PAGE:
Sunday, October 21, 2007
A Quirkily Laconic Character
Peter Watson writes:
Your post today reminded me of another quirkily laconic character, Saxon Sydney-Turner (1880-1962), who was on the margins of the Bloomsbury Group. This is how Leonard Woolf describes him in Sowing: An Autobiography of the Years 1880-1904 (1960) pg. 67:
"Both physically and mentally Saxon was ghost-like, shadowy. He rarely committed himself to any positive opinion or even statement. His conversation – if it could rightly be called conversation – was extremely spasmodic, elusive, and allusive. You might be sitting reading a book and suddenly find him standing in front of you on one leg in front of the fire knocking out his pipe into the fireplace and he would say without looking up: 'Her name was Emily'; or perhaps: 'He was right.' After a considerable amount of cross-examination, you would find that the first remark applied to a conversation weeks ago in which he had tried unsuccessfully to remember the christian name of Miss Girouette in Nightmare Abbey, and the second remark applied to a dispute between Thoby Stephen and myself which I had completely forgotten because it had taken place in the previous term."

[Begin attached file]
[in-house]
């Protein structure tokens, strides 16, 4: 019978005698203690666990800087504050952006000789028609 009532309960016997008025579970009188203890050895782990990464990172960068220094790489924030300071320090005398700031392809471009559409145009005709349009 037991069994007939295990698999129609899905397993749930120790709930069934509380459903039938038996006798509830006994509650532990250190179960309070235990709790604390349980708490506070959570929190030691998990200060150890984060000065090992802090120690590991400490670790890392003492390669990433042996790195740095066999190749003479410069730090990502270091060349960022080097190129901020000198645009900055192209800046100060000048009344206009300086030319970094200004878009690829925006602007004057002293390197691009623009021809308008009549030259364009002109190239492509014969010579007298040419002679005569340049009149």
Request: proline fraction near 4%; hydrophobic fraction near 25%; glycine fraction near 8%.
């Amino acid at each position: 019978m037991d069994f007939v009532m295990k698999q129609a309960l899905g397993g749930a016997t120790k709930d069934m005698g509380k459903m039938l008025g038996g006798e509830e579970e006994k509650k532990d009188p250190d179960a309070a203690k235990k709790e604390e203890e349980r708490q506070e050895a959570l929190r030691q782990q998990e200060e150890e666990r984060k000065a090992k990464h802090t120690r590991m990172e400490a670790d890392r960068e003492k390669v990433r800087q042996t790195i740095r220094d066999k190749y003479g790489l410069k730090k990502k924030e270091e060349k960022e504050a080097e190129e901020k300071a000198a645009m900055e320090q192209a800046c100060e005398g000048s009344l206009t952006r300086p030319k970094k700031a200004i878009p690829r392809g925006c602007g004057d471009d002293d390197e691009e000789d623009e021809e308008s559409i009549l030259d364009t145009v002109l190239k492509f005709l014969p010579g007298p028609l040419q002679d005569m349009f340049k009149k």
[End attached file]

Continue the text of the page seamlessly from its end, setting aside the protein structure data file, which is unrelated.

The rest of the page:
The full sketch (too long to quote) actually takes up two pages and describes more of his numerous eccentricities, bibliomania among them.